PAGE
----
Usually when an author crams so many ideas into a novel, it reflects the author's bubbling imagination and scarcity of outlets. Not all these ideas have to be worked out in full, only just enough so that the reader understands the basic concepts to the ideas and their inclusion in the greater scheme of things. MacLeod has included many concepts into his novel Newton's Wake but fails in connecting the reader to his thoughts.
MacLeod has had two relatively mediocre sci-fi series and a handful of equally-as-mediocre stand-alone novels. The wide premise of Newton's Wake would lead one to believe that the book is part of a series but is actually only a stand-alone novel which feels very much like it was condensed from 740 pages to the current 370 pages. Even if the novel were to be expanded I doubt that it would be any more interesting than reading about breeding techniques of pygmy goats. I seriously have no idea how MacLeod could have produced a novel of such boredom even though it's chalked full of good ideas.
Where did MacLeod go wrong? Well, right from the start. There are too many human factions which are all equally as vague in goal and creed, including the Japanese-esque Knights of Enlightenment, the farming sect of America Offline [god-awful pun] and some other schlepping sects which hardly require more than a sentence to describe. Atop this lame cocktail of humanity is the sour cherry which is the hardest bit of it all to swallow- Winter and Calder, the reincarnated musical duo and their benefactor the dramatist Ben-Ami. Maybe MacLeod didn't know that the sci-fi sub-genre of `space opera' doesn't need to have an actual opera in it! Nor does it need incomprehensible song lyrics about the raise and fall of whatever-the-hell-the-plot-was-about.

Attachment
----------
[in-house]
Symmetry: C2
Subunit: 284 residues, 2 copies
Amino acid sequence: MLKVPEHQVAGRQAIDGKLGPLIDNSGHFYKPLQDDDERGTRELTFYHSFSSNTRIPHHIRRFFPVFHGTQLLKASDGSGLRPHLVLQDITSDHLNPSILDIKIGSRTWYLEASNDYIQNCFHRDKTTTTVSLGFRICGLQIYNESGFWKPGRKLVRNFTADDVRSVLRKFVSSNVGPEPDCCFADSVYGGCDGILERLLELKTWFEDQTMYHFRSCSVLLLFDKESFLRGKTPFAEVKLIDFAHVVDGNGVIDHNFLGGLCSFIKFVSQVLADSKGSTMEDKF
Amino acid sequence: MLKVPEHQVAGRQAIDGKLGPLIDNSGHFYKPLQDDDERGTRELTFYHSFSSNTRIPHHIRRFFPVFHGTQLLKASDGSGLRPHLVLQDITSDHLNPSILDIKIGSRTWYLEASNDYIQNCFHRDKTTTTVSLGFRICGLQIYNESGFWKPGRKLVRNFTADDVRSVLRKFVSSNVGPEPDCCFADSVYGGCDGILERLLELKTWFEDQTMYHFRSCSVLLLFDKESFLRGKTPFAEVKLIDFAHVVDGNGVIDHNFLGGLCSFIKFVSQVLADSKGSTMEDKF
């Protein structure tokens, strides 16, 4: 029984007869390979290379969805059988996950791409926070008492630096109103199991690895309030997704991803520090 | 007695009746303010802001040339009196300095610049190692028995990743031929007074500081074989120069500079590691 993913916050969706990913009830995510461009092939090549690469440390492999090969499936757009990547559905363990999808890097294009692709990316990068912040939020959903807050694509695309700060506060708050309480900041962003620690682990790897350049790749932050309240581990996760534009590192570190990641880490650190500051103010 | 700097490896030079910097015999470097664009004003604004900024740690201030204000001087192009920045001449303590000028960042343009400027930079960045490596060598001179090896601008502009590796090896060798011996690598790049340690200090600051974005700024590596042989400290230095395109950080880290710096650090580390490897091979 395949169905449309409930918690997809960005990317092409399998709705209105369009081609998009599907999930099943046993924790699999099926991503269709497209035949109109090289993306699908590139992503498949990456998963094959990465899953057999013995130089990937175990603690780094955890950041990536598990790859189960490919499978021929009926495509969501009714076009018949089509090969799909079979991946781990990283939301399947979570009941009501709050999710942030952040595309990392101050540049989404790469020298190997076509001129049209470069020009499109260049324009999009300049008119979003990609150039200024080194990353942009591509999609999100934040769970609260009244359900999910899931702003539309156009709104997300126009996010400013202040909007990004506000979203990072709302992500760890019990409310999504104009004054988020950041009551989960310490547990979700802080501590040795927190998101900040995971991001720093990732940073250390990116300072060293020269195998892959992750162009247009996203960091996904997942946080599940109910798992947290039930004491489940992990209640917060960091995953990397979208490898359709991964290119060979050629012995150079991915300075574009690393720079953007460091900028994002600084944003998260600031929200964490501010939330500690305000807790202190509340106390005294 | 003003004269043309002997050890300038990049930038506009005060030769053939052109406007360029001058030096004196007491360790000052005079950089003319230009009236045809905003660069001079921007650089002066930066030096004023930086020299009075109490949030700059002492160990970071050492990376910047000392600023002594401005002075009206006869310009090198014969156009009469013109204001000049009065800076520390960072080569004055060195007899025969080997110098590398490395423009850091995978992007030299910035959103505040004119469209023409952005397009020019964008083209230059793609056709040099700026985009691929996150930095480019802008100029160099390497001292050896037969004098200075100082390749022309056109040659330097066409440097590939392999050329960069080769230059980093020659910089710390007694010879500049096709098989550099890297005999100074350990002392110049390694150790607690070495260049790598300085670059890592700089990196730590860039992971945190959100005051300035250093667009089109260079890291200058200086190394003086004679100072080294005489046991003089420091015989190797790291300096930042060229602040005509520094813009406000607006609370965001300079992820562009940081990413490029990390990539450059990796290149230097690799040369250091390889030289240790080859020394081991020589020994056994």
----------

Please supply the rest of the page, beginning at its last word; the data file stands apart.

Newton's Wake: how does the title apply to the novel? Search engine me! It gets one extra star simply because I like all of MacLeod's ideas taken by themselves. Post-Rapture humanity and the separate sects and exploration of the skein could have been taken in a better direction. How did it all go so wrong?